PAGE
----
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Digital Subscriptions > Kitchen Garden Magazine > 266 - November 2019 > GOOD COMPANONS

GOOD COMPANONS

Choose your friends wisely, as the saying goes, and this is true of plants too, as Rob Smith explains

Companion planting is the term used when you use one plant to benefit another or when you grow more than one plant together for a mutual benefit to both plants; in essence, it’s when you plant different plants together in your garden rather than rows and rows of the same thing. When we grow large areas of just one crop it’s called a monoculture and problems can spread quickly when this method of growing is used. Imagine a large field of cabbages: when a problem like cabbage white caterpillar starts there is little you can do to stop them working their way through the entire field (apart from spray with pesticides), as all the plants are the same type and all touch each other.

Now imagine the same field with one or two rows of cabbages next to a row or two of onions, then cabbages and so on. By growing like this the caterpillars may affect some cabbages, but the rows of onions will both form a physical barrier so the caterpillars can’t move from plant to plant, but they will also add an onion smell to the field, along with the cabbage smell, meaning the butterflies find it harder to find the cabbages. There are actually commercial fields that are producing strips of crops like this to help cut back on the use of pesticides and to enable farmers to grow in a more manageable way, rather than turn to chemicals straight away.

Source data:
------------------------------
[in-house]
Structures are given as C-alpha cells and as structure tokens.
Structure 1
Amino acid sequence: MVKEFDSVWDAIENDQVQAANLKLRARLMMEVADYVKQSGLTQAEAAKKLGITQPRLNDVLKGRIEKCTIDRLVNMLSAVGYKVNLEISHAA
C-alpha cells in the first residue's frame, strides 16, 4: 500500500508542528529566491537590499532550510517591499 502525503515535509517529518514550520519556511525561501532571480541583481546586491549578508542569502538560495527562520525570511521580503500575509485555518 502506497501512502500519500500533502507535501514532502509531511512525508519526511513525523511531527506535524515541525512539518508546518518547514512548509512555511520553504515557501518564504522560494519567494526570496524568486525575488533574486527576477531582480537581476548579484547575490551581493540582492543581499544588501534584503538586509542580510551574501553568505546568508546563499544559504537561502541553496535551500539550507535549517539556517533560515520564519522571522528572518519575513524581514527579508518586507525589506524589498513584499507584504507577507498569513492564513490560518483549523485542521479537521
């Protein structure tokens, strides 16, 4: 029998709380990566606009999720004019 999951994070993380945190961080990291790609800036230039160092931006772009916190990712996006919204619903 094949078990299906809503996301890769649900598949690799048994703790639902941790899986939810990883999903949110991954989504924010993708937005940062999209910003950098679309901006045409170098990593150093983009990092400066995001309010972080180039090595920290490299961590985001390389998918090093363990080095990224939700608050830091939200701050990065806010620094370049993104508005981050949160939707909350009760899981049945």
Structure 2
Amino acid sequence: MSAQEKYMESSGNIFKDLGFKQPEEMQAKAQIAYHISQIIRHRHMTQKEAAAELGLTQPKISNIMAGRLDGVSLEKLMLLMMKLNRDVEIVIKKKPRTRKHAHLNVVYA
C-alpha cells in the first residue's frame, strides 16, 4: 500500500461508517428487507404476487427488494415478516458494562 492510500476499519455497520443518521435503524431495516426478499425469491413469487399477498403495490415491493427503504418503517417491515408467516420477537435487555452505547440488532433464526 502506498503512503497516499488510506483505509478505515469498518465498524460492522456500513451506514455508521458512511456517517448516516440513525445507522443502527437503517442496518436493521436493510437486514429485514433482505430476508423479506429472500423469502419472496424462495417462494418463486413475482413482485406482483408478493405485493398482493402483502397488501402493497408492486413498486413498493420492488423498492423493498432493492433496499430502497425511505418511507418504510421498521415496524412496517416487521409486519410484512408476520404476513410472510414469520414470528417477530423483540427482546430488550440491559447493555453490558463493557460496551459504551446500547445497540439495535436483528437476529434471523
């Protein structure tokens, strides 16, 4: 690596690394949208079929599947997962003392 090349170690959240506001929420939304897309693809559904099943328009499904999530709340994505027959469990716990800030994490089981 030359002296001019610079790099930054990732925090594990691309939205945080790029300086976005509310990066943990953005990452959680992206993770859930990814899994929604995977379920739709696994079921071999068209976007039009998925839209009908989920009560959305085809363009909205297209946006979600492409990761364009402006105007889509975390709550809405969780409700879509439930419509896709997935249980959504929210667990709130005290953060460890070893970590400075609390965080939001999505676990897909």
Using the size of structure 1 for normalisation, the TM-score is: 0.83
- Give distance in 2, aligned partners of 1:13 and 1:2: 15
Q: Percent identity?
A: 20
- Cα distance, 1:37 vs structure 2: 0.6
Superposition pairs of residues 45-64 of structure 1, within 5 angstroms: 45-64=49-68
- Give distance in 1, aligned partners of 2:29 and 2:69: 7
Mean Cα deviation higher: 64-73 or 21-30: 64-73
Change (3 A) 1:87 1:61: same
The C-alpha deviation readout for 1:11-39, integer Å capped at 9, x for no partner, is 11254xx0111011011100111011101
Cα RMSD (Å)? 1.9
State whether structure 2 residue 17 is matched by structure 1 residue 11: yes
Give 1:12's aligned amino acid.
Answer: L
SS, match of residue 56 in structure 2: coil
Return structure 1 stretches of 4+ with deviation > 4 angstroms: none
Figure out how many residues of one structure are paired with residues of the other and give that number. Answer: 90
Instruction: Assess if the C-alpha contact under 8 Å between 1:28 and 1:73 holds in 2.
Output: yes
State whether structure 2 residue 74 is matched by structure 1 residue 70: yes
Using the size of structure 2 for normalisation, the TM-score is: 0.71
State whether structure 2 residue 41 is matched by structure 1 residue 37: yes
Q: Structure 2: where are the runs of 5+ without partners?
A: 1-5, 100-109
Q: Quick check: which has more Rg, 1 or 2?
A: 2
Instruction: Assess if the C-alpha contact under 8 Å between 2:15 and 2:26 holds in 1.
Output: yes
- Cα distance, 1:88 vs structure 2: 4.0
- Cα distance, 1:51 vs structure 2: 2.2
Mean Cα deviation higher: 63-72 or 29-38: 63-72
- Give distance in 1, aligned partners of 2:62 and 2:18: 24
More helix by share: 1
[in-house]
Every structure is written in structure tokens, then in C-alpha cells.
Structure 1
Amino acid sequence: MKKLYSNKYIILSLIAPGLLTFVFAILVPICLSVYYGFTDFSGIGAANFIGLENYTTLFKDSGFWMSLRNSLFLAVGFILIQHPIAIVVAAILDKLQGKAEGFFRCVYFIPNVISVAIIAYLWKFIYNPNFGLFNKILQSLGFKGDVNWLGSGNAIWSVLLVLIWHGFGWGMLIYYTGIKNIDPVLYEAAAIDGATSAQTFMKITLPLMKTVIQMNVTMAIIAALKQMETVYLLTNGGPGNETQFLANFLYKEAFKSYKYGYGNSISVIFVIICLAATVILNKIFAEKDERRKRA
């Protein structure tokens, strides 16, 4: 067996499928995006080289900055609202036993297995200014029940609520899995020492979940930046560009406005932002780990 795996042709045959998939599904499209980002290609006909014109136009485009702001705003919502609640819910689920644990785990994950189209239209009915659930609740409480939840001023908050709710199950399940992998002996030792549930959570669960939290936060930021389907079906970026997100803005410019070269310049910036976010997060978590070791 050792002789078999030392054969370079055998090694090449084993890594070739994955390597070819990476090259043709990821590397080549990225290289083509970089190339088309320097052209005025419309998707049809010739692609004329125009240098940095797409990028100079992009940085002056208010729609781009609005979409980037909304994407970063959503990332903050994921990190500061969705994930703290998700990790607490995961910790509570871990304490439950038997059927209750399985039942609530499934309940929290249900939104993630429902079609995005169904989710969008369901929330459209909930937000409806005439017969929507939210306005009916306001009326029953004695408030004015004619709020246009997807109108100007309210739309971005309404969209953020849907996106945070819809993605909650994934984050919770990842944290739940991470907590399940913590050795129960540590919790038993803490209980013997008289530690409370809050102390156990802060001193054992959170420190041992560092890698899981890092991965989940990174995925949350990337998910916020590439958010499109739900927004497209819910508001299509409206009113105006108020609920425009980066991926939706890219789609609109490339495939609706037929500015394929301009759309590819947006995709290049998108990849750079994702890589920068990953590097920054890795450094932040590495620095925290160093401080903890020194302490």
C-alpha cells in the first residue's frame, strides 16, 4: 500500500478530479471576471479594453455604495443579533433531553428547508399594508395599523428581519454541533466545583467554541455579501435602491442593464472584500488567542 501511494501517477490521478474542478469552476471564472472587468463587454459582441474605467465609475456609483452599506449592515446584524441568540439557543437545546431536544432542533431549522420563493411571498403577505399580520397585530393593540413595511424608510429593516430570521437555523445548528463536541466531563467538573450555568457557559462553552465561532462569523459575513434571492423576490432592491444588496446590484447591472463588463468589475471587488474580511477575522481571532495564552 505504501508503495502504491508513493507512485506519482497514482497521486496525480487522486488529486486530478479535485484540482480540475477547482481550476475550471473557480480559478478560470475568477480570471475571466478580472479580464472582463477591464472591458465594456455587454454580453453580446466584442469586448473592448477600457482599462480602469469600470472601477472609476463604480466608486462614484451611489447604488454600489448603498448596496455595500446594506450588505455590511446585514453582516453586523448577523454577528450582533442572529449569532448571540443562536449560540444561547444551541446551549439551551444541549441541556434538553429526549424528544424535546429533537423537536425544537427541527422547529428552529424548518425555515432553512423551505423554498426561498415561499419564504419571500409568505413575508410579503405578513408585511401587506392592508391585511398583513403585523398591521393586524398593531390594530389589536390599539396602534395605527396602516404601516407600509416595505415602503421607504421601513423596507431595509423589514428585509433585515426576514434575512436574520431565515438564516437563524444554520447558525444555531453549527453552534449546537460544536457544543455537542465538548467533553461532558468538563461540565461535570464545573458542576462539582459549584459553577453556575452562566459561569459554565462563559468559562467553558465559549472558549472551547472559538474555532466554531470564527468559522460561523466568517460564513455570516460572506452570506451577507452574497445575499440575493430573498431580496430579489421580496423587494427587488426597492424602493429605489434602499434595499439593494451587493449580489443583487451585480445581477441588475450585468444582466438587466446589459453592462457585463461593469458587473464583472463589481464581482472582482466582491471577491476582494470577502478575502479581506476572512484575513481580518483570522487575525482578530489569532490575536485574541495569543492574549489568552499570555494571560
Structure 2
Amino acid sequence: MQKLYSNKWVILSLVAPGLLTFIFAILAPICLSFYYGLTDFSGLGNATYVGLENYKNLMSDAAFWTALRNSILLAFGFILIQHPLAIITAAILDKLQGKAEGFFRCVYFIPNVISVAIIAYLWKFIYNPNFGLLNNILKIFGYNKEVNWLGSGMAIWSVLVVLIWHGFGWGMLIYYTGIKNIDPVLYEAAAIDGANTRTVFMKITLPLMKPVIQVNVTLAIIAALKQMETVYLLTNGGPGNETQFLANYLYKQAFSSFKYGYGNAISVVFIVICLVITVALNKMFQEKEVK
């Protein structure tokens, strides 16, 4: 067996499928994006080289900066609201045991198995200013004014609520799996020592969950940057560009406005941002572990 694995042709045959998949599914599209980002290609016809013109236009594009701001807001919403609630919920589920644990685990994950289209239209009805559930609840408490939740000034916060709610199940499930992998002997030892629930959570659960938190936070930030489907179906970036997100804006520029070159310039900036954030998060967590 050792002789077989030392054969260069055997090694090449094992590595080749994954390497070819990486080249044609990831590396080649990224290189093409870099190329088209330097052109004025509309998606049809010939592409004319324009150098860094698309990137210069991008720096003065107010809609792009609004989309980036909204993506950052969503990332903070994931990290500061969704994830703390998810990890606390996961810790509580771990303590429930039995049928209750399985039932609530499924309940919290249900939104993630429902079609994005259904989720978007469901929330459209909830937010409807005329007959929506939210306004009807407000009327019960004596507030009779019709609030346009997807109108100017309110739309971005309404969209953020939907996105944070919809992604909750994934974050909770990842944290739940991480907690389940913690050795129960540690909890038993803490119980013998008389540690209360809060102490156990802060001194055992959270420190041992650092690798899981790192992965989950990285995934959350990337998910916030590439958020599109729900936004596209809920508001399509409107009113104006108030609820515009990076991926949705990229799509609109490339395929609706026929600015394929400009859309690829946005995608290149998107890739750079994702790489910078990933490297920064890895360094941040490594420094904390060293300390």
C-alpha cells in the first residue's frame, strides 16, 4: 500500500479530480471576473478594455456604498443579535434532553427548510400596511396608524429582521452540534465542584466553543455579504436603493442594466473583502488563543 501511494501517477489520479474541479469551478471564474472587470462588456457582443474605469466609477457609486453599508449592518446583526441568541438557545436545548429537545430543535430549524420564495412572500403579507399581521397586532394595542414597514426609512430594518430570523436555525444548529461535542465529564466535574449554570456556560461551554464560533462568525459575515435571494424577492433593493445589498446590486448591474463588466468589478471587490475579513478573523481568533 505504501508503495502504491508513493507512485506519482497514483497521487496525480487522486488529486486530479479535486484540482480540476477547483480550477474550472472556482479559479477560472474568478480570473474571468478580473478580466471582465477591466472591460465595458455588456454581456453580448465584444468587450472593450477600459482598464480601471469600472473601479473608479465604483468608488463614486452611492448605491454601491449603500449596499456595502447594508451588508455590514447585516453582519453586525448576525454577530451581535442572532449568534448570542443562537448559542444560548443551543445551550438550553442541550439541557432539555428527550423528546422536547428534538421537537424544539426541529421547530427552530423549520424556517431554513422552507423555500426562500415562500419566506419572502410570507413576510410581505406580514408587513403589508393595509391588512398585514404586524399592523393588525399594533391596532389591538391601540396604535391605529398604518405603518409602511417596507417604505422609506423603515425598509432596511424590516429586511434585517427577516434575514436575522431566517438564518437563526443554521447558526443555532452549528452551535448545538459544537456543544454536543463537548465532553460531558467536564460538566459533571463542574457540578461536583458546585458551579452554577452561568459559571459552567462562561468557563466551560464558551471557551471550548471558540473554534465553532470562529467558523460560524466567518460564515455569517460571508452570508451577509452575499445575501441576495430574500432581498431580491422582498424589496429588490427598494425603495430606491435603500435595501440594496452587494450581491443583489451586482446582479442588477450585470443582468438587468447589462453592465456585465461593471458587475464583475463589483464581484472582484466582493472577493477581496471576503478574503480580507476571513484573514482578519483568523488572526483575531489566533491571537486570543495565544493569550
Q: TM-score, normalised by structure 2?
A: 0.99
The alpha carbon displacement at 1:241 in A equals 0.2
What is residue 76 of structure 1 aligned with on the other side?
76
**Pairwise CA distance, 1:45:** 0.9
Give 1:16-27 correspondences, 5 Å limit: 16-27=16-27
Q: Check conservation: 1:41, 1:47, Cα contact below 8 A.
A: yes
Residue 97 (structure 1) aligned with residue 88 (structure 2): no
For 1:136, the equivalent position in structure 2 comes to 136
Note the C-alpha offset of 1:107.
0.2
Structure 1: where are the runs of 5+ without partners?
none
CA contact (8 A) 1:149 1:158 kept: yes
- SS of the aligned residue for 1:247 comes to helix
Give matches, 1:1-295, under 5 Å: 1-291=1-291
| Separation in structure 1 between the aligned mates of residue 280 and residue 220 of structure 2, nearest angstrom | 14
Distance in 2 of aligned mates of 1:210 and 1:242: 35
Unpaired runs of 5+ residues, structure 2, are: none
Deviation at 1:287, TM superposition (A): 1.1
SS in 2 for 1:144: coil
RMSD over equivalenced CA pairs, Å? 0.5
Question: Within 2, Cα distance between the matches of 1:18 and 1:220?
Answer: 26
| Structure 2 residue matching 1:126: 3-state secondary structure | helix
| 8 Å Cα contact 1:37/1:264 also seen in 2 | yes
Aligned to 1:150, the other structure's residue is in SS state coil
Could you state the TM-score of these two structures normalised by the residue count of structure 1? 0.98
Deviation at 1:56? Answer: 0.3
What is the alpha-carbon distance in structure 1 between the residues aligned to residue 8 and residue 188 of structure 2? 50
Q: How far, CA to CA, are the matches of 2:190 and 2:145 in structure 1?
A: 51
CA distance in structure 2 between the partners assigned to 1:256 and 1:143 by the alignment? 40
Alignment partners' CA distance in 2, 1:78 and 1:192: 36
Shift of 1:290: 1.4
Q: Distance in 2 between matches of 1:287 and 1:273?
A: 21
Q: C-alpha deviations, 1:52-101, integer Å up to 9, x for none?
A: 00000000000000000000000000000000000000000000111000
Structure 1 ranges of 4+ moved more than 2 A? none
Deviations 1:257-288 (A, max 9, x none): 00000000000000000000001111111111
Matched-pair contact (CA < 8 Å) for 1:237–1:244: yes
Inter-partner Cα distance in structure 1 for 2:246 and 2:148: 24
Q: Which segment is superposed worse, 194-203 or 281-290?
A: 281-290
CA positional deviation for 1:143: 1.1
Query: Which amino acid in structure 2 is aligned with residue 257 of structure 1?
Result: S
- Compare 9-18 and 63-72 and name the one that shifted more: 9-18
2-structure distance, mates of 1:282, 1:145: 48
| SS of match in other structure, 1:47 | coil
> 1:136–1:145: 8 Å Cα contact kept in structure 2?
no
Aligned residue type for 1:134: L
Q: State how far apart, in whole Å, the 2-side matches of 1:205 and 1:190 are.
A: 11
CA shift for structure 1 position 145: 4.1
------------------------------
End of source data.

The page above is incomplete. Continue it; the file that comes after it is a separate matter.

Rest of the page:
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About Kitchen Garden Magazine

Welcome to Kitchen Garden Magazine In this issue: A WALLED GARDEN FIT FOR A PRINCE ✪ Janice Hopper travels to Scotland’s beautiful Caste of Mey THE GREEN TEAM Writer Emily Collins travels to Goole in East Yorkshire to visit a charity that uses gardening to help the local community BARRICADE AND MARMALADE Gardening expert Sally Cunningham has a recipe for a productive security hedge And much more!